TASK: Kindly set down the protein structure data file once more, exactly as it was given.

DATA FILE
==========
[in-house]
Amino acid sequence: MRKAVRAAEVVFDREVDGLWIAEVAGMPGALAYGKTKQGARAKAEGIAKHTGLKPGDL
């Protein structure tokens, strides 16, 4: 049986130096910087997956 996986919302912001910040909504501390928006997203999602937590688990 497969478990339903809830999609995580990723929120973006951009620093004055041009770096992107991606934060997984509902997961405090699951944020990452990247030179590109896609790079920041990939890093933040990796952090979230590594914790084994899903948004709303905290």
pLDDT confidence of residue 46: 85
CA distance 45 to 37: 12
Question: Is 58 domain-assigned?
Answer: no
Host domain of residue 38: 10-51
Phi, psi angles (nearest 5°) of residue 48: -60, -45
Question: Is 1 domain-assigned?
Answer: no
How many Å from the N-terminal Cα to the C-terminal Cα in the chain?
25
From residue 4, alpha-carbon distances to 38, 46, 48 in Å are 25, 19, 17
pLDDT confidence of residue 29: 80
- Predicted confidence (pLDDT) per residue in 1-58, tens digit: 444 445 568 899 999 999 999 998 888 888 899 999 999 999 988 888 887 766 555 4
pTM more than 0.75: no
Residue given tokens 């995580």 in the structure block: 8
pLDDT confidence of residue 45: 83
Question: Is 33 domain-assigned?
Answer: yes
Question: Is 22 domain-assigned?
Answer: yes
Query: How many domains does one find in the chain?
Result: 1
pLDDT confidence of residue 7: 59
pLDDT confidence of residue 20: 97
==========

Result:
[in-house]
Amino acid sequence: MRKAVRAAEVVFDREVDGLWIAEVAGMPGALAYGKTKQGARAKAEGIAKHTGLKPGDL
């Protein structure tokens, strides 16, 4: 049986130096910087997956 996986919302912001910040909504501390928006997203999602937590688990 497969478990339903809830999609995580990723929120973006951009620093004055041009770096992107991606934060997984509902997961405090699951944020990452990247030179590109896609790079920041990939890093933040990796952090979230590594914790084994899903948004709303905290």
pLDDT confidence of residue 46: 85
CA distance 45 to 37: 12
Question: Is 58 domain-assigned?
Answer: no
Host domain of residue 38: 10-51
Phi, psi angles (nearest 5°) of residue 48: -60, -45
Question: Is 1 domain-assigned?
Answer: no
How many Å from the N-terminal Cα to the C-terminal Cα in the chain?
25
From residue 4, alpha-carbon distances to 38, 46, 48 in Å are 25, 19, 17
pLDDT confidence of residue 29: 80
- Predicted confidence (pLDDT) per residue in 1-58, tens digit: 444 445 568 899 999 999 999 998 888 888 899 999 999 999 988 888 887 766 555 4
pTM more than 0.75: no
Residue given tokens 């995580």 in the structure block: 8
pLDDT confidence of residue 45: 83
Question: Is 33 domain-assigned?
Answer: yes
Question: Is 22 domain-assigned?
Answer: yes
Query: How many domains does one find in the chain?
Result: 1
pLDDT confidence of residue 7: 59
pLDDT confidence of residue 20: 97